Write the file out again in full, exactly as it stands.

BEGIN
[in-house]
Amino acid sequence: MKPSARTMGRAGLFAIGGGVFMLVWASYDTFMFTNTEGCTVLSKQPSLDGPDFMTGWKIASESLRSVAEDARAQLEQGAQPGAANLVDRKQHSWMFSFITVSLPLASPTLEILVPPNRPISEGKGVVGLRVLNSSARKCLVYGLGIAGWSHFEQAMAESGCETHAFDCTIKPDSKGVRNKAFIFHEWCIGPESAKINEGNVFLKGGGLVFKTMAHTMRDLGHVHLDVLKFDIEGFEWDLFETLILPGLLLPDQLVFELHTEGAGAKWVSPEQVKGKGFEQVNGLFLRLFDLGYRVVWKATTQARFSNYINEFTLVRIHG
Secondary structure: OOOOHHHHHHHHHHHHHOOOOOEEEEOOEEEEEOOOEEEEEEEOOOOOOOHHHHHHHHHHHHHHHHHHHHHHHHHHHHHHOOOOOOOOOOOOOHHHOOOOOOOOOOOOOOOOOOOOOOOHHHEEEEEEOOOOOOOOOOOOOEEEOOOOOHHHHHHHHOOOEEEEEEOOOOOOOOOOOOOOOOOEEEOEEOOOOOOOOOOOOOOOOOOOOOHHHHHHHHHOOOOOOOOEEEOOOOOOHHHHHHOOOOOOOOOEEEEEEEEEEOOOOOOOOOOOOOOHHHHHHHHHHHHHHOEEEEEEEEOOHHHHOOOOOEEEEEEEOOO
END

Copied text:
[in-house]
Amino acid sequence: MKPSARTMGRAGLFAIGGGVFMLVWASYDTFMFTNTEGCTVLSKQPSLDGPDFMTGWKIASESLRSVAEDARAQLEQGAQPGAANLVDRKQHSWMFSFITVSLPLASPTLEILVPPNRPISEGKGVVGLRVLNSSARKCLVYGLGIAGWSHFEQAMAESGCETHAFDCTIKPDSKGVRNKAFIFHEWCIGPESAKINEGNVFLKGGGLVFKTMAHTMRDLGHVHLDVLKFDIEGFEWDLFETLILPGLLLPDQLVFELHTEGAGAKWVSPEQVKGKGFEQVNGLFLRLFDLGYRVVWKATTQARFSNYINEFTLVRIHG
Secondary structure: OOOOHHHHHHHHHHHHHOOOOOEEEEOOEEEEEOOOEEEEEEEOOOOOOOHHHHHHHHHHHHHHHHHHHHHHHHHHHHHHOOOOOOOOOOOOOHHHOOOOOOOOOOOOOOOOOOOOOOOHHHEEEEEEOOOOOOOOOOOOOEEEOOOOOHHHHHHHHOOOEEEEEEOOOOOOOOOOOOOOOOOEEEOEEOOOOOOOOOOOOOOOOOOOOOHHHHHHHHHOOOOOOOOEEEOOOOOOHHHHHHOOOOOOOOOEEEEEEEEEEOOOOOOOOOOOOOOHHHHHHHHHHHHHHOEEEEEEEEOOHHHHOOOOOEEEEEEEOOO